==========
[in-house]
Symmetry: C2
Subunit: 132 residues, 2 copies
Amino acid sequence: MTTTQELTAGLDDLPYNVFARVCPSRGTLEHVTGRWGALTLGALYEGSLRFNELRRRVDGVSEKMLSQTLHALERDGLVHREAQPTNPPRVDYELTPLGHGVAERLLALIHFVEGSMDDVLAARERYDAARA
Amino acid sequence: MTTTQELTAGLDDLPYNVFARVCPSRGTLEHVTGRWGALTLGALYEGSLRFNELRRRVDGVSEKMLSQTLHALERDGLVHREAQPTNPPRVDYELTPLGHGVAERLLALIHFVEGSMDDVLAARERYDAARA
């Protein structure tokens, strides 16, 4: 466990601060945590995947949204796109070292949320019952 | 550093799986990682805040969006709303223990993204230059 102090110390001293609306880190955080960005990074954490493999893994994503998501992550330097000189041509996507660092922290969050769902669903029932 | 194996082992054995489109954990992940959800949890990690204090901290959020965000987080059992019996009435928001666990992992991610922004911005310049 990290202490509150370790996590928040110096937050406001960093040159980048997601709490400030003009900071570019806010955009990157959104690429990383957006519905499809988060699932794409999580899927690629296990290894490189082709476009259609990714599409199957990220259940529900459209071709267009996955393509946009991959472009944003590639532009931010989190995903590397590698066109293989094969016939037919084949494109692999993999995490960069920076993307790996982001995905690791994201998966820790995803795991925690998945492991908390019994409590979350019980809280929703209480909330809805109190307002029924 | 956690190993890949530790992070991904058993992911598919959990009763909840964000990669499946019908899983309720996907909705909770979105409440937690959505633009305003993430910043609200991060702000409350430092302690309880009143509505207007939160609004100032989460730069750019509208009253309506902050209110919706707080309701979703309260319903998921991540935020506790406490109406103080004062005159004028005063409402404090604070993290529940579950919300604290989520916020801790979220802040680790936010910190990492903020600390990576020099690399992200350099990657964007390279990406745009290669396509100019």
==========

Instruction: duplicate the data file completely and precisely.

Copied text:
[in-house]
Symmetry: C2
Subunit: 132 residues, 2 copies
Amino acid sequence: MTTTQELTAGLDDLPYNVFARVCPSRGTLEHVTGRWGALTLGALYEGSLRFNELRRRVDGVSEKMLSQTLHALERDGLVHREAQPTNPPRVDYELTPLGHGVAERLLALIHFVEGSMDDVLAARERYDAARA
Amino acid sequence: MTTTQELTAGLDDLPYNVFARVCPSRGTLEHVTGRWGALTLGALYEGSLRFNELRRRVDGVSEKMLSQTLHALERDGLVHREAQPTNPPRVDYELTPLGHGVAERLLALIHFVEGSMDDVLAARERYDAARA
């Protein structure tokens, strides 16, 4: 466990601060945590995947949204796109070292949320019952 | 550093799986990682805040969006709303223990993204230059 102090110390001293609306880190955080960005990074954490493999893994994503998501992550330097000189041509996507660092922290969050769902669903029932 | 194996082992054995489109954990992940959800949890990690204090901290959020965000987080059992019996009435928001666990992992991610922004911005310049 990290202490509150370790996590928040110096937050406001960093040159980048997601709490400030003009900071570019806010955009990157959104690429990383957006519905499809988060699932794409999580899927690629296990290894490189082709476009259609990714599409199957990220259940529900459209071709267009996955393509946009991959472009944003590639532009931010989190995903590397590698066109293989094969016939037919084949494109692999993999995490960069920076993307790996982001995905690791994201998966820790995803795991925690998945492991908390019994409590979350019980809280929703209480909330809805109190307002029924 | 956690190993890949530790992070991904058993992911598919959990009763909840964000990669499946019908899983309720996907909705909770979105409440937690959505633009305003993430910043609200991060702000409350430092302690309880009143509505207007939160609004100032989460730069750019509208009253309506902050209110919706707080309701979703309260319903998921991540935020506790406490109406103080004062005159004028005063409402404090604070993290529940579950919300604290989520916020801790979220802040680790936010910190990492903020600390990576020099690399992200350099990657964007390279990406745009290669396509100019």